Helloooo, blog land! And by that I mean, helloooo Mom (thanks for reading!). I had planned to do Blog-Tober, where I post every day. Then I was all “well, I’ll do Blog-Vember, since I missed Blog-Tober.” And then, I did nothing. Continue reading “Catchup.com – uh, November?”
I love cookies. Or biscuits*, as my British based, adopted homeland calls them. I love pies and desserts, but my most favourite dessert is soft, buttery, fresh baked chocolate chip cookies and creamy vanilla ice cream. /droooooool
I used to eat like a garbage can.
Correction, I used to eat like a garbage can – and get away with it. I sure as shit haven’t cleaned up my eating habits – ever. And it’s becoming moooore and more clear that I might not have a choice to soon.
One charming aspect of climbing into my 30’s is my new reaction to food. Tomatoes? Heartburn. Onions? Heartburn. Oatmeal? Heartburn. Too much salt? Simultaneous and instant bloat, dehydration headache. Too much sugar? Irritable sloth bitch who can’t keep her eyes open. Dairy? Let’s not get into it.
This is all new to me. In my prime, my garbage can days saw me skipping breakfast for a large coffee mixed with powdered creamer, hot chocolate, and Splenda; mid-morning snack of doughnuts; lunch of fried, instant nooodles scooped up with Doritos; inhaling every processed snack when I got home; giant bowl of pasta, sauce, and bread with a bottle of wine for dinner. Rinse and repeat with no real issues.
But the past few weeks have been a real eye opener. I fell into a downward spiral of fat a couple Saturdays ago. I woke up and ate a chocolate croissant with a cup of sugary coffee. Then we went out for breakfast and milkshakes. Then we had coffee in the park. After I spent the afternoon with a stomach ache so bad I was cursing the dairy Gods and their evil temptress ways, we ordered Pizza Hut and I ate 4 pieces. The next day, I made cookies and ate half the batter. The following week at work, I had take away coffee every day (2 sugars each!), and that week + plus the few weeks that followed were so busy that I found myself eating Welsh Cakes (like a bigger, less exciting Snicker Doodle) for lunch, and really, snacks throughout the day. That’s in addition to coming home to eat dinner and dessert. One night, as I was literally struggling to get off the couch because I was so crabby and so stuffed with shit food and so full of chest pains, I thought to myself, “what the hell am I doing?”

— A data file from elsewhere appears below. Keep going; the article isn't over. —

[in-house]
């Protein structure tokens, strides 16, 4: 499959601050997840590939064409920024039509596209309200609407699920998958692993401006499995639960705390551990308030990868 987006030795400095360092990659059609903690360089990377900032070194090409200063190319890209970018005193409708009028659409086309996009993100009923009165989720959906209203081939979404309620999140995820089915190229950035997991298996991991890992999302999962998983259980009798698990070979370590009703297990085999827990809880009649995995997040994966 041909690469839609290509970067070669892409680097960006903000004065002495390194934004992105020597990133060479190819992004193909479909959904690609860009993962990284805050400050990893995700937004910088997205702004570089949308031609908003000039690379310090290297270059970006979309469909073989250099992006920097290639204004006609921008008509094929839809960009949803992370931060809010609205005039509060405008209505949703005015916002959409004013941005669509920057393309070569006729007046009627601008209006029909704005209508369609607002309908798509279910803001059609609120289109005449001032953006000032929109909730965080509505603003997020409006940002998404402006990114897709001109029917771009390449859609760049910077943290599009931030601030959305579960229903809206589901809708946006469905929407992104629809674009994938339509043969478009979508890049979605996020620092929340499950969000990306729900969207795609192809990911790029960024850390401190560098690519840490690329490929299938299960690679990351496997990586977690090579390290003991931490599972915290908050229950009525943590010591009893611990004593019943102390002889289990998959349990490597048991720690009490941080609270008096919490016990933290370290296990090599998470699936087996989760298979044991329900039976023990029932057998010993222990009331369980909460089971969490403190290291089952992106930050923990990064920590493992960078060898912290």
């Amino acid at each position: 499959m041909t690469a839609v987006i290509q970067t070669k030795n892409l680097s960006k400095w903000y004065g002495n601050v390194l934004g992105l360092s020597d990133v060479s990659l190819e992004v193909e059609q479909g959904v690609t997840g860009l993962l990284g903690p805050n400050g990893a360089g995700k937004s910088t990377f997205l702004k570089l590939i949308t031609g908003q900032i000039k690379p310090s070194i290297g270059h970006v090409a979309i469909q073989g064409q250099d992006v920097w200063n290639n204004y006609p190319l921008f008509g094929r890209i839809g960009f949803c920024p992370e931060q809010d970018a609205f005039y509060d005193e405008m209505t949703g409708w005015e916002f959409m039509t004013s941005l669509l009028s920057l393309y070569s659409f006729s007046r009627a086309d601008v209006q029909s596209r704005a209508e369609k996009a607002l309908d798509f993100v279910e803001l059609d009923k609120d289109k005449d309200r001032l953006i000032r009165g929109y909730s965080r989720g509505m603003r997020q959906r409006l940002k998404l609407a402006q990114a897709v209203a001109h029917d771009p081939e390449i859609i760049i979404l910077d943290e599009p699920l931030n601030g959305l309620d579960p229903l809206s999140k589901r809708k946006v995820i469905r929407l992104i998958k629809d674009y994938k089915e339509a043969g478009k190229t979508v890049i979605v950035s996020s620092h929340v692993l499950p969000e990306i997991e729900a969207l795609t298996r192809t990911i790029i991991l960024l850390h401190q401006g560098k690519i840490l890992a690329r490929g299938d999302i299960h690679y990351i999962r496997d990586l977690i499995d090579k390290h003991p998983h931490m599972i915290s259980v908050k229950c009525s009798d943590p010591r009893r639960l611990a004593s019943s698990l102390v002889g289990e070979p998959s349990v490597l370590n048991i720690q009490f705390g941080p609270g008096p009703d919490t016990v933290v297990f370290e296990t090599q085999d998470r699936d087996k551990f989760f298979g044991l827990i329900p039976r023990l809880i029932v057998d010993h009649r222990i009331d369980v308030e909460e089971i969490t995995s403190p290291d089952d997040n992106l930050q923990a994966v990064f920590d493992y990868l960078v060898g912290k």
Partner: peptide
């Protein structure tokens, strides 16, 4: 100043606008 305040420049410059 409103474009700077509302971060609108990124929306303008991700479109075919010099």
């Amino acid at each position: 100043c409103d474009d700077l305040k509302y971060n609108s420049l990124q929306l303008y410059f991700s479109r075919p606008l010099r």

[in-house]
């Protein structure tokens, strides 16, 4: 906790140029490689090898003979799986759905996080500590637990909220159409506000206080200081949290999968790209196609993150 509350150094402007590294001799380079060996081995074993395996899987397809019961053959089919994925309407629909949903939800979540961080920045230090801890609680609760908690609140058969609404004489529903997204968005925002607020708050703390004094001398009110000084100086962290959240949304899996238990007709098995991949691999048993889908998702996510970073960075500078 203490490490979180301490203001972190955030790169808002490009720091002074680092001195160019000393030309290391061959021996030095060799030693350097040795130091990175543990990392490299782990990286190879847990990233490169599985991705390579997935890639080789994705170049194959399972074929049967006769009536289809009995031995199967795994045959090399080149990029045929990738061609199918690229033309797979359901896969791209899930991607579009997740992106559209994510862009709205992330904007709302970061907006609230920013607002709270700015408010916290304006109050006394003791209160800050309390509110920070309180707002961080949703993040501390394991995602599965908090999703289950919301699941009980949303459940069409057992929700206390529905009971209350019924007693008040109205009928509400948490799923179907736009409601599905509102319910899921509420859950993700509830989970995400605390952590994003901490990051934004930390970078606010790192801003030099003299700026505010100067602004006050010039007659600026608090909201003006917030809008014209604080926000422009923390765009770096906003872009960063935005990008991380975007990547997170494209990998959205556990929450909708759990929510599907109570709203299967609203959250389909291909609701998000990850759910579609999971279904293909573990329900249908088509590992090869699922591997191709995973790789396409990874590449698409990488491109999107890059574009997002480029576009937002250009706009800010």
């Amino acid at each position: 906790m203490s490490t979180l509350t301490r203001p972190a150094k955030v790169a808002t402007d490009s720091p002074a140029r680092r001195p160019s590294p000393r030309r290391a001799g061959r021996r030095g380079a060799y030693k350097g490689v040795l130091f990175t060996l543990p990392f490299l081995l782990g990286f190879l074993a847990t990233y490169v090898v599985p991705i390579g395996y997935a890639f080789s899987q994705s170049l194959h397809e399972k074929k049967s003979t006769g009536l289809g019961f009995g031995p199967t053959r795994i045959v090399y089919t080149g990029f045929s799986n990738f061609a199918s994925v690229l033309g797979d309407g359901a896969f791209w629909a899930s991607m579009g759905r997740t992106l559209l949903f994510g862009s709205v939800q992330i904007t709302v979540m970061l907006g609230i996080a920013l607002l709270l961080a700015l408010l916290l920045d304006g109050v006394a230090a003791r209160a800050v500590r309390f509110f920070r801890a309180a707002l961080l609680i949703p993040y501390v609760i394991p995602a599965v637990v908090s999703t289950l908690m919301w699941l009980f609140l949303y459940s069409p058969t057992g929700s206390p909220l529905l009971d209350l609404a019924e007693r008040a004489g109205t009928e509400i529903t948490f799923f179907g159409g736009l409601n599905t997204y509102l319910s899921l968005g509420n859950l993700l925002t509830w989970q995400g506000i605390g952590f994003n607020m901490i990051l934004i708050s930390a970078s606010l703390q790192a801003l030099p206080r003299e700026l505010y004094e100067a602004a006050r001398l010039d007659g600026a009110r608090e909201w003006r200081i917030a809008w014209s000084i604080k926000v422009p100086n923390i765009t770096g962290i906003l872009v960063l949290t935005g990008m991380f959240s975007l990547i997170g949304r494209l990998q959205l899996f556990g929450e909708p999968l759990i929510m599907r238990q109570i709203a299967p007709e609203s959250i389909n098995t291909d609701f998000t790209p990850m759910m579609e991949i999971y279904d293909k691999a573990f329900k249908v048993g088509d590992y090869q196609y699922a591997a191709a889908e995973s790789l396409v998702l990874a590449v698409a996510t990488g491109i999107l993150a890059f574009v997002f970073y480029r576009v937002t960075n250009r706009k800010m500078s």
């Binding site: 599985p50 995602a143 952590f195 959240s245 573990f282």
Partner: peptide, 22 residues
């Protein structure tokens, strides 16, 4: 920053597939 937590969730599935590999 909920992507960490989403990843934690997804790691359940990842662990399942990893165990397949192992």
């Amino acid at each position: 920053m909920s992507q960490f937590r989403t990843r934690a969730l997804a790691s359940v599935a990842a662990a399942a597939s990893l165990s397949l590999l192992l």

But then fucking Christmas. The season of Obligatory Gifts from Co-workers Who Don’t Know You, i.e. sweets. Cookies. Brownies. Cakes. Cannolis. Fudge. And really, any and every sweet thing imaginable. It’s been a week of not being hungry for lunch because I’m full of sugar. A week of riding a roller coaster of emotions as I peak and valley with sugar highs while feeling and looking a bit like Violet Beauregard.
Suffice it to say, I’ll be looking for a nice sugar detox after Christmas. My skin, my dreams, my joints, and the waist bands on my pants are ALL feeling the strain of eating like shit day in and day out.